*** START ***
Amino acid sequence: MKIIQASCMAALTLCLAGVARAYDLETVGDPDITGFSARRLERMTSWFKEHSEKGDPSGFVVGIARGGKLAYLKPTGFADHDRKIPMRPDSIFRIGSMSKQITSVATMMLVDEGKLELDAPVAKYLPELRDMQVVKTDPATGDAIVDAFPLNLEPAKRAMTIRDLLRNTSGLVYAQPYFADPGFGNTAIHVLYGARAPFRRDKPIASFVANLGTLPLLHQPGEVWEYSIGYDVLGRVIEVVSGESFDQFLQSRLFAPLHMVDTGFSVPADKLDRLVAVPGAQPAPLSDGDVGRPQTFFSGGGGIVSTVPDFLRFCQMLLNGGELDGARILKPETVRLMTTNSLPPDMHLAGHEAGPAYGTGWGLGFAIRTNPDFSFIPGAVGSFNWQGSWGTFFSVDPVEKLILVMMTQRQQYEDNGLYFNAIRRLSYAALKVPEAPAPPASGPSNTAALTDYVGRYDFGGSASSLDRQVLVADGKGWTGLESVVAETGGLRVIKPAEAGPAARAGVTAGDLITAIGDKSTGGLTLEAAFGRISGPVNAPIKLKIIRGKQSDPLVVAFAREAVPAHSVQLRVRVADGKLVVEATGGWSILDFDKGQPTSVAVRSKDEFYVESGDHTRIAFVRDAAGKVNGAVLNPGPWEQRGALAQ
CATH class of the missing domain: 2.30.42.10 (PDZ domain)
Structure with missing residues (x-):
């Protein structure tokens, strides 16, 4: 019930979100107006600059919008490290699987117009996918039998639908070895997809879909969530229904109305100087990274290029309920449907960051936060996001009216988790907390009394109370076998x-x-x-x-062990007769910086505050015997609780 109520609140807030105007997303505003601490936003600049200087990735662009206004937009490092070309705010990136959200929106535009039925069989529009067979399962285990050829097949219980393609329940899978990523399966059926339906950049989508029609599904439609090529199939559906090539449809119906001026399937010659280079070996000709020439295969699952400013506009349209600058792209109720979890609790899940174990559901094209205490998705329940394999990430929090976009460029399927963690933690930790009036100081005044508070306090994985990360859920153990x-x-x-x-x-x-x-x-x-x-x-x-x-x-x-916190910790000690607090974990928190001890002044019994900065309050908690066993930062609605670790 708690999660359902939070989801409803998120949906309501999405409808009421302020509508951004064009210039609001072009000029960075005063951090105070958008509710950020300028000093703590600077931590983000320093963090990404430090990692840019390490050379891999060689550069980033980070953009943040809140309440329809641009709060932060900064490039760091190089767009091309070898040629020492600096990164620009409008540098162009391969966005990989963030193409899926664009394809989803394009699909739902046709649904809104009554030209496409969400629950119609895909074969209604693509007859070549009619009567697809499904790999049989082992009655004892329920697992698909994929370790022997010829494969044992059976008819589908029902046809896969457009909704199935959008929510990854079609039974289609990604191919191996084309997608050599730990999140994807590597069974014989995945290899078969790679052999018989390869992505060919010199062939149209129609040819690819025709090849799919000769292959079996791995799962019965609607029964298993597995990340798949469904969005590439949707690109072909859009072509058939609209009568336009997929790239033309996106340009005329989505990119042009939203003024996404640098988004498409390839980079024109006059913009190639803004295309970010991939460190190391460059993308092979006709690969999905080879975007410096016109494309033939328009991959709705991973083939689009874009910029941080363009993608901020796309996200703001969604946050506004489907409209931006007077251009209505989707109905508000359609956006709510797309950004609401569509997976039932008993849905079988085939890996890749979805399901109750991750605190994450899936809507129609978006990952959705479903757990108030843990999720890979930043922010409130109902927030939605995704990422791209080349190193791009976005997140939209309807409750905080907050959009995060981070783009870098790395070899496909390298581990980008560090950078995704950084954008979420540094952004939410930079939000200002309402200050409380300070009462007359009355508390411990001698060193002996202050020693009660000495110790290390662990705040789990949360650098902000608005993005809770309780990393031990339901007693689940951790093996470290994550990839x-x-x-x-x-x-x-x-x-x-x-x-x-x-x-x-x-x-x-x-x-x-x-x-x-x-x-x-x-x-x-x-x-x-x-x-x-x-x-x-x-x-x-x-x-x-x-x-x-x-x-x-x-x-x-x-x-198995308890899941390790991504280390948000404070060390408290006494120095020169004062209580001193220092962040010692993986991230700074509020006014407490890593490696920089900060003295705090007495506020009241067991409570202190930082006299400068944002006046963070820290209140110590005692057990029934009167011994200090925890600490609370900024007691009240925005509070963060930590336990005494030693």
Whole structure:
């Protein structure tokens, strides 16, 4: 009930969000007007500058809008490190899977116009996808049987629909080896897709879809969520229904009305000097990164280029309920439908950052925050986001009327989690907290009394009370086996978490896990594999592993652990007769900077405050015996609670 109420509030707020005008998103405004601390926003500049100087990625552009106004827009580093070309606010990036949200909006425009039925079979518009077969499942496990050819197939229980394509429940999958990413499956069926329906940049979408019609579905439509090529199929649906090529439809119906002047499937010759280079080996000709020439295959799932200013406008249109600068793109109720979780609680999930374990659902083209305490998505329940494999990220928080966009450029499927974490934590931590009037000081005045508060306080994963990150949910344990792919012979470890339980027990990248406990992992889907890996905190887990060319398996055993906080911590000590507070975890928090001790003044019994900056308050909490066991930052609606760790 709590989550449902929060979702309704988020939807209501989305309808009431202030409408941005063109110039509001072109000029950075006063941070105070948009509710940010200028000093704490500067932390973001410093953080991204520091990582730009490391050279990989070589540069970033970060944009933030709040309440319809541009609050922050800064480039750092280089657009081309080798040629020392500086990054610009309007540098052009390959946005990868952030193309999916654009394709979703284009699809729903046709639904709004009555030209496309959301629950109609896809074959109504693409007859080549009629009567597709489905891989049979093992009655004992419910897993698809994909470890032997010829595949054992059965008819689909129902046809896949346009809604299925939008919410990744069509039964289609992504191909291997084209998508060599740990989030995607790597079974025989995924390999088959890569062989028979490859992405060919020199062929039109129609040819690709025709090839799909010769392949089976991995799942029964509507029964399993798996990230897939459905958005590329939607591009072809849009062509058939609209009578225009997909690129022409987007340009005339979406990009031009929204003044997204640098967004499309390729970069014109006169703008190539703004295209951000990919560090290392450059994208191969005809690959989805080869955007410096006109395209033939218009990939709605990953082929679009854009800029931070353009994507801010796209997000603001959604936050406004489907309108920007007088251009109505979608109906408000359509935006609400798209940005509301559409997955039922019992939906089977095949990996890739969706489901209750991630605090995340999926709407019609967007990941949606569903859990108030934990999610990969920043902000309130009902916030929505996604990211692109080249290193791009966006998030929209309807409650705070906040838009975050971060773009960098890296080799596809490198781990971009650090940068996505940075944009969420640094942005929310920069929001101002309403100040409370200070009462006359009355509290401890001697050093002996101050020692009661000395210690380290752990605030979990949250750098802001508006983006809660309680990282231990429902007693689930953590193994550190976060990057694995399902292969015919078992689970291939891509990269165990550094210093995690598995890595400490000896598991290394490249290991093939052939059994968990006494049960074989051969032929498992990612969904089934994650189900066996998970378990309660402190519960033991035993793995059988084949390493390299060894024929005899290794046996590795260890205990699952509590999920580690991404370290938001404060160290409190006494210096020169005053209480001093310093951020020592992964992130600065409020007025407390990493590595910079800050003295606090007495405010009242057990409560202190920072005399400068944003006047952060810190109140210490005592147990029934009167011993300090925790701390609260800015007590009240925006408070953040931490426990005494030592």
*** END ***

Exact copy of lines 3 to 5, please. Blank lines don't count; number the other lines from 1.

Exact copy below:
Structure with missing residues (x-):
């Protein structure tokens, strides 16, 4: 019930979100107006600059919008490290699987117009996918039998639908070895997809879909969530229904109305100087990274290029309920449907960051936060996001009216988790907390009394109370076998x-x-x-x-062990007769910086505050015997609780 109520609140807030105007997303505003601490936003600049200087990735662009206004937009490092070309705010990136959200929106535009039925069989529009067979399962285990050829097949219980393609329940899978990523399966059926339906950049989508029609599904439609090529199939559906090539449809119906001026399937010659280079070996000709020439295969699952400013506009349209600058792209109720979890609790899940174990559901094209205490998705329940394999990430929090976009460029399927963690933690930790009036100081005044508070306090994985990360859920153990x-x-x-x-x-x-x-x-x-x-x-x-x-x-x-916190910790000690607090974990928190001890002044019994900065309050908690066993930062609605670790 708690999660359902939070989801409803998120949906309501999405409808009421302020509508951004064009210039609001072009000029960075005063951090105070958008509710950020300028000093703590600077931590983000320093963090990404430090990692840019390490050379891999060689550069980033980070953009943040809140309440329809641009709060932060900064490039760091190089767009091309070898040629020492600096990164620009409008540098162009391969966005990989963030193409899926664009394809989803394009699909739902046709649904809104009554030209496409969400629950119609895909074969209604693509007859070549009619009567697809499904790999049989082992009655004892329920697992698909994929370790022997010829494969044992059976008819589908029902046809896969457009909704199935959008929510990854079609039974289609990604191919191996084309997608050599730990999140994807590597069974014989995945290899078969790679052999018989390869992505060919010199062939149209129609040819690819025709090849799919000769292959079996791995799962019965609607029964298993597995990340798949469904969005590439949707690109072909859009072509058939609209009568336009997929790239033309996106340009005329989505990119042009939203003024996404640098988004498409390839980079024109006059913009190639803004295309970010991939460190190391460059993308092979006709690969999905080879975007410096016109494309033939328009991959709705991973083939689009874009910029941080363009993608901020796309996200703001969604946050506004489907409209931006007077251009209505989707109905508000359609956006709510797309950004609401569509997976039932008993849905079988085939890996890749979805399901109750991750605190994450899936809507129609978006990952959705479903757990108030843990999720890979930043922010409130109902927030939605995704990422791209080349190193791009976005997140939209309807409750905080907050959009995060981070783009870098790395070899496909390298581990980008560090950078995704950084954008979420540094952004939410930079939000200002309402200050409380300070009462007359009355508390411990001698060193002996202050020693009660000495110790290390662990705040789990949360650098902000608005993005809770309780990393031990339901007693689940951790093996470290994550990839x-x-x-x-x-x-x-x-x-x-x-x-x-x-x-x-x-x-x-x-x-x-x-x-x-x-x-x-x-x-x-x-x-x-x-x-x-x-x-x-x-x-x-x-x-x-x-x-x-x-x-x-x-x-x-x-x-198995308890899941390790991504280390948000404070060390408290006494120095020169004062209580001193220092962040010692993986991230700074509020006014407490890593490696920089900060003295705090007495506020009241067991409570202190930082006299400068944002006046963070820290209140110590005692057990029934009167011994200090925890600490609370900024007691009240925005509070963060930590336990005494030693």
Whole structure: